But I found something very curious. The entire Los Angeles Dodgers team will wear 42, as that was the franchise Robinson played his entire career for. But why is EVERY player on the St. Louis Cardinals, Houston Astros, and Philadelphia Phillies wearing it? It is especially ironic that all the Cardinals and Phillies are wearing 42, as when Robinson came up in 1947, those were two of the teams that gave Robinson the hardest time, hurling racial abuse at him when they played the Dodgers. MLB should have just let a select number of players or coaches wear it. Letting an entire team wear it (besides the Dodgers) somehow cheapens the special nature of it.

It is well-known that Jackie Robinson had an extremely difficult time in his first years in the majors. He faced death threats, abuse from other players and fans, teammates that resented his presence, and hotels that wouldn't serve him. His career was unlike any other player, before or since. He had not just all of Black America watching his every move, but that of White America as well. Every black player should thank him every night for what he went through to integrate the game. They have reaped the benefits of his sacrifice.

I saw Jackie Robinson once in person. I was 10 in 1972, and Gil Hodges died suddenly that April of a heart attack. His funeral was held in a Catholic church near my home in Brooklyn, just 11 blocks away, and my father, my sisters and I viewed the proceedings from across the street, with hundreds of others. A whole bunch of players from past and present came, and I'll never forget seeing what appeared to be an elderly black man with white hair get out of a car. A man near me said, "That's Jackie Robinson." And it was. The late Dodgers announcer Red Barber once said that everything Robinson went through probably took many years off his life, and in 1972, he was just 53 years old, but he looked much older. He died six months later, of complications from diabetes.

The bad weather in the East will prevent some players from wearing 42 today, and that is a shame. But MLB is to be commended for remembering a brave man who 60 years ago today took the baseball field and changed the game forever.

Another Strong Outing From Schilling

Curt Schilling pitched eight scoreless innings on Saturday as the Red Sox blasted the LA Angels for the second straight day, 8-0 at Fenway.

Schilling was in command all day, and was never in any serious trouble. He struck out four and allowed just four hits. He has now not allowed an earned run over his last fourteen innings, since he gave up five runs to Kansas City in four innings on Opening Day. No runner even reached third base against Curt, whose ERA is now 2.84.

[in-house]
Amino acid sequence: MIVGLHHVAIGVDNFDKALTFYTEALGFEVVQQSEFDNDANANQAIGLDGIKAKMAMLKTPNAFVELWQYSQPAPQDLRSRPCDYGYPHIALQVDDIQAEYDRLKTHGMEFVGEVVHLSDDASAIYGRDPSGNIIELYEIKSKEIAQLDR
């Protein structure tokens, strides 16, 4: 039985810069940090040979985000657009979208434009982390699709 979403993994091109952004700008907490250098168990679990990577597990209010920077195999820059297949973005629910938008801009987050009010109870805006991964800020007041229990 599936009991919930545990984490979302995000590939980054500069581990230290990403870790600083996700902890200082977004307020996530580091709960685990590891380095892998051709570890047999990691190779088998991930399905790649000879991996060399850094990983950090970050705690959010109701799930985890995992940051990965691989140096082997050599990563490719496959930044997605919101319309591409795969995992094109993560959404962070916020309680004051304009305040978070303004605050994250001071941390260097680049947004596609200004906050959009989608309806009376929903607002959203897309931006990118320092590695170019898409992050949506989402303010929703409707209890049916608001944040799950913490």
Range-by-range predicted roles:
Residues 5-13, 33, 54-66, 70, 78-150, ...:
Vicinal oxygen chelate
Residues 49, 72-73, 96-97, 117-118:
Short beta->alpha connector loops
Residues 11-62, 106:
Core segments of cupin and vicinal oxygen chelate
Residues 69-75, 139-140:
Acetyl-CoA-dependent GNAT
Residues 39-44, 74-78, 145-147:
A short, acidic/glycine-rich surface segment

David Ortiz hit his third homer of the year, a three-run shot in the eighth to cap the scoring. At first, the runs were tough to come by for the Red Sox. They scored their first two runs on a ball hit by Jason Varitek that Gary Matthews misjudged and was charged with an error. They scored their next run on a wild pitch. They left the bases loaded in the second inning, and it looked like they would again in the third until Matthews made the error.

The noreaster that hit has threatened both final games of the series (as well as the Mets game here in New York, and games in Philadelphia, Baltimore, Pittsburgh and Atlanta), and tomorrow's game is the Patriot's Day 10 AM start. Fortunately the Angels return to Fenway in mid-August, so both games can be made up then.

But if both games are rained out this weekend, it will mean that Josh Beckett will get the start in Toronto Tuesday night, and Daisuke Matsuzaka will be pushed back to Wednesday, and he will not start against the Yankees this weekend. A very interesting scenario indeed.

Saturday, April 14, 2007

Dougie Goes Deep, and My Site Meter Goes Wild

Tim Wakefield finally got some run support last night, but it didn't come until the fifth inning, and courtesy of his personal batterymate, Doug Mirabelli (pictured, with Dustin Pedroia). He blasted a John Lackey pitch into the Red Sox bullpen for his first home run of 2007 to tie the game with the Angels at 1. Mirabelli would also drive in another important run to give the Red Sox a 3-1 lead in the sixth.

As soon as he hit the home run, I said to a friend of mine I was watching the game with, "My Site Meter numbers are going to go crazy after this." That was in reference to the funny Doug Mirabelli "Day in the Life" article I have on my blog that I posted last July. Red Sox fans seem to find it all the time, but since the season began, the number of people finding has gone up dramatically. For those of you who may never have seen it:

And boy, did the Site Meter ever go wild last night. I had about 100 hits on my blog at about 5 PM yesterday for the day, but when I got home just before midnight, I had 175 hits from 5 PM on. And I checked to see where they came from, and about 90% where people looking for the Mirabelli post, and 95% of them were from New England. The numbers seemed to be the highest right after Doug hit the home run. (I guess it made many Red Sox fans run to their computers!) I had an amazing 275 hits yesterday. (My Site Meter numbers also spiked when Doug caught Tim Wakefield for the first time last week.)